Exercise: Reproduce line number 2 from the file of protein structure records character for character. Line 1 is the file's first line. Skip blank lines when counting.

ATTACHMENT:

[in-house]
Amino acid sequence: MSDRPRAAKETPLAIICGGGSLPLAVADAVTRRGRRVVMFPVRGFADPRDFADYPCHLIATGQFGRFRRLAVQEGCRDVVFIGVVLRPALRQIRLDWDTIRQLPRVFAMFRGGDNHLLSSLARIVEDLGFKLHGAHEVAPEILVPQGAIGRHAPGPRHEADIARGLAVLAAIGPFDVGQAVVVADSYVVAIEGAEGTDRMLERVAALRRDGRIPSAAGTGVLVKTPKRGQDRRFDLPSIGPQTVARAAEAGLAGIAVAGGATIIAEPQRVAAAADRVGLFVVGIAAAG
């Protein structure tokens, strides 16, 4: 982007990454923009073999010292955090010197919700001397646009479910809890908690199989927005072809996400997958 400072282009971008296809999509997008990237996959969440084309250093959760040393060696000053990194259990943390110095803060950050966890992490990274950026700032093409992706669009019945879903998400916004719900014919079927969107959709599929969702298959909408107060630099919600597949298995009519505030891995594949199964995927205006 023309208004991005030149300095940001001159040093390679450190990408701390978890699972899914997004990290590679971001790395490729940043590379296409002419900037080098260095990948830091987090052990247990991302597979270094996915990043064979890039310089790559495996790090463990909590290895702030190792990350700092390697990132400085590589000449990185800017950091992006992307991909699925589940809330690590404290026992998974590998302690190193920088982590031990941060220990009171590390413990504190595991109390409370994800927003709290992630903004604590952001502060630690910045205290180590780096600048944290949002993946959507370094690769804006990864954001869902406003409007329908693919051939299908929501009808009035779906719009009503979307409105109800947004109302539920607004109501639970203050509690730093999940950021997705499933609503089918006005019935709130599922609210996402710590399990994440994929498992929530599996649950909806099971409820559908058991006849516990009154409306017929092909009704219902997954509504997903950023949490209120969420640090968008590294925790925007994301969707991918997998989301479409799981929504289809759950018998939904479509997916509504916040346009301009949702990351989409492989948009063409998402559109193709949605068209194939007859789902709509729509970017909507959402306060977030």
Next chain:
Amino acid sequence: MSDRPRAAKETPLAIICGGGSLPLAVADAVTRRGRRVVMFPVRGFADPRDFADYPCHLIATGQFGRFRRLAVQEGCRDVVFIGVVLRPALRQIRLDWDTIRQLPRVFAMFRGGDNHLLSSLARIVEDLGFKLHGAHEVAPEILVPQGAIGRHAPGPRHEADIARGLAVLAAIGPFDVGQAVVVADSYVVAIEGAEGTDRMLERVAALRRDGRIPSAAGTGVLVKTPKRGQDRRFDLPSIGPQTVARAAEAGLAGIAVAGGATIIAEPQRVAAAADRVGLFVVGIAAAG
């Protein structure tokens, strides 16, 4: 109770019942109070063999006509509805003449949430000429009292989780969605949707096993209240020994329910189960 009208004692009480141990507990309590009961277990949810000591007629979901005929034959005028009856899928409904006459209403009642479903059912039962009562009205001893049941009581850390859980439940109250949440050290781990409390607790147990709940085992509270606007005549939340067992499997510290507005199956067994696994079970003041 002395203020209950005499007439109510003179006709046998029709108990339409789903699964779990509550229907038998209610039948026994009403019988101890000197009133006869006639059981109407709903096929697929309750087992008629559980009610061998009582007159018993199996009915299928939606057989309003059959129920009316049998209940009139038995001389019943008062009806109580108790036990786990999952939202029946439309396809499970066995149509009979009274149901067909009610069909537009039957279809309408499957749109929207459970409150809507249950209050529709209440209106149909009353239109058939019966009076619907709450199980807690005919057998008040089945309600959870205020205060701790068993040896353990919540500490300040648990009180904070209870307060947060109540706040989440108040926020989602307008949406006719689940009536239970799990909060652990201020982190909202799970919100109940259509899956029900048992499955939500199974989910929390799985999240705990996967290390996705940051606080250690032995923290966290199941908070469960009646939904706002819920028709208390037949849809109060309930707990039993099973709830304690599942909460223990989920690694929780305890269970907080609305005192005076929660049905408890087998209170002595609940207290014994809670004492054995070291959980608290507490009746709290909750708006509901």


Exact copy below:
Amino acid sequence: MSDRPRAAKETPLAIICGGGSLPLAVADAVTRRGRRVVMFPVRGFADPRDFADYPCHLIATGQFGRFRRLAVQEGCRDVVFIGVVLRPALRQIRLDWDTIRQLPRVFAMFRGGDNHLLSSLARIVEDLGFKLHGAHEVAPEILVPQGAIGRHAPGPRHEADIARGLAVLAAIGPFDVGQAVVVADSYVVAIEGAEGTDRMLERVAALRRDGRIPSAAGTGVLVKTPKRGQDRRFDLPSIGPQTVARAAEAGLAGIAVAGGATIIAEPQRVAAAADRVGLFVVGIAAAG